Average True Range (ATR)
What is it?
ATR is a volatility indicator that was developed by J. Welles Wilder and is used to measure the volatility or the degree of price movement of a security. It was introduced in Wilder's book, New Concepts in Technical Trading Systems of 1978 and was originally designed for commodity trading, which is frequently subject to gaps and limit moves. As a result, ATR takes into account gaps, limit moves, and small high-low ranges in determining the 'true' range of a commodity. However, the ATR are based on absolute values in price rather than percentage change. Therefore a commodity with a higher price tends to have a higher ATR than a lower priced commodity.
Although the ATR was designed for commodity trading, it can also be used to for other securities, such as stocks and derivatives such as single stock futures (SSFs) and index futures.
How is it calculated?
There are two steps in the calculation of the ATR: first the true range (TR) of the security is determined; and then a moving average (MA) is used to smooth the ATR, but the moving average is not a moving average of the TR.
The TR is the greatest of the following:
- high – low
- abs( high – previous close )
- abs( low – previous close )
Once the TR is determined, we multiply the previous ATR by the averaging period less one, add it to the current ATR and divide it by the averaging period.
Thus, if using the default period of 14 the ATR would be calculated as follows:
ATR = ( ( Previous ATR x 13 ) + Current TR ) / 14
How is it used?
ATR does not provide direction but is a strong indicator of a price break out as strong movements in the price of a security are often accompanied by large price ranges, especially at the beginning of a move. Thus, ATR can thus be used as an additional indicator to confirm a price break out. If the ATR is increasing, the support for a price breakout is also increasing.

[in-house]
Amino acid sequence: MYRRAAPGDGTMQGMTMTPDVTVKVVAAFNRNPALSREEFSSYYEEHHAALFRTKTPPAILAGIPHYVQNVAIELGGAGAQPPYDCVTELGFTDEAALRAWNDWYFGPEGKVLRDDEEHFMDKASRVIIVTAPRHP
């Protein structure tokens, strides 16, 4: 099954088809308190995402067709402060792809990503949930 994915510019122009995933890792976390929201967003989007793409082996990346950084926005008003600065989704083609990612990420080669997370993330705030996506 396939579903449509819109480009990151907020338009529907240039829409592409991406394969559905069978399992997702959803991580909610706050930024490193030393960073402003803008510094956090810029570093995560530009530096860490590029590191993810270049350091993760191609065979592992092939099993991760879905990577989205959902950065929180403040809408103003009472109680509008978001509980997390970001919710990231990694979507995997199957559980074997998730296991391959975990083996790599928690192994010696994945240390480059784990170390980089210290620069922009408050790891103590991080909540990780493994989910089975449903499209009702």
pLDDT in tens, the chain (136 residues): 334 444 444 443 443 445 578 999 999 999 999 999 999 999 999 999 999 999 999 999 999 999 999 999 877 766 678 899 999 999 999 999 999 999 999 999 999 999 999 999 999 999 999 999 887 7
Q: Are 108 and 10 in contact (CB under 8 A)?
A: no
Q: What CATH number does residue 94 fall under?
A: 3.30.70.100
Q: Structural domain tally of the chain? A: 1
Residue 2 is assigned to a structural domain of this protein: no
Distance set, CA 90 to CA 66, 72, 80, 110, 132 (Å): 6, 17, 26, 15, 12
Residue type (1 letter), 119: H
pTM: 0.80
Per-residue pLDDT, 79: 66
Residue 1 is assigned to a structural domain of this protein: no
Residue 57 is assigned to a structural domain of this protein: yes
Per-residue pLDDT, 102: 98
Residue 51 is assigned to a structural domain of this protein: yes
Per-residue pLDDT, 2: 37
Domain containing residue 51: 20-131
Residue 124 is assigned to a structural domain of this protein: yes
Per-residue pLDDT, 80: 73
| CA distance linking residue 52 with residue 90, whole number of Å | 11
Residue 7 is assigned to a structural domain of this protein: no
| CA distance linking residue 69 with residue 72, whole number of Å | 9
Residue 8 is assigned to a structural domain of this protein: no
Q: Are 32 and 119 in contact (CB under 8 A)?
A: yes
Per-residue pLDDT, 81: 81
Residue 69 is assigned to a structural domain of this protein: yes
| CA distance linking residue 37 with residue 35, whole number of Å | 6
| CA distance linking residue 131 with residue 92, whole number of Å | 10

ATR can also be used as a guide to determining stop loss levels as a security with a higher ATR will require a higher stop loss.
The following chart shows a 13-period ATR in the lower chart panel on a 30-minute chart of the Dow Jones Industrial Index.
ATR on a 30 Minute DOW chart
Relative Volatility Index
Volatility indicators, which measure the volatility of a security's price action, are important to day traders. When volatility increases, the price movements are more volatile and traders can gain more money in a short period of time. Some of the popular volatility indicators include J Wells Wilder's Average True Range, John Bollinger's Bollinger Bands, Chaikin's Volatility, and Relative Volatility Index (RVI).
The Chicago Board Options Exchange (CBOE) also provides a some volatility indicators, such as the S&P 500 Volatility Index (VIX), the S&P 100 Volatility ...
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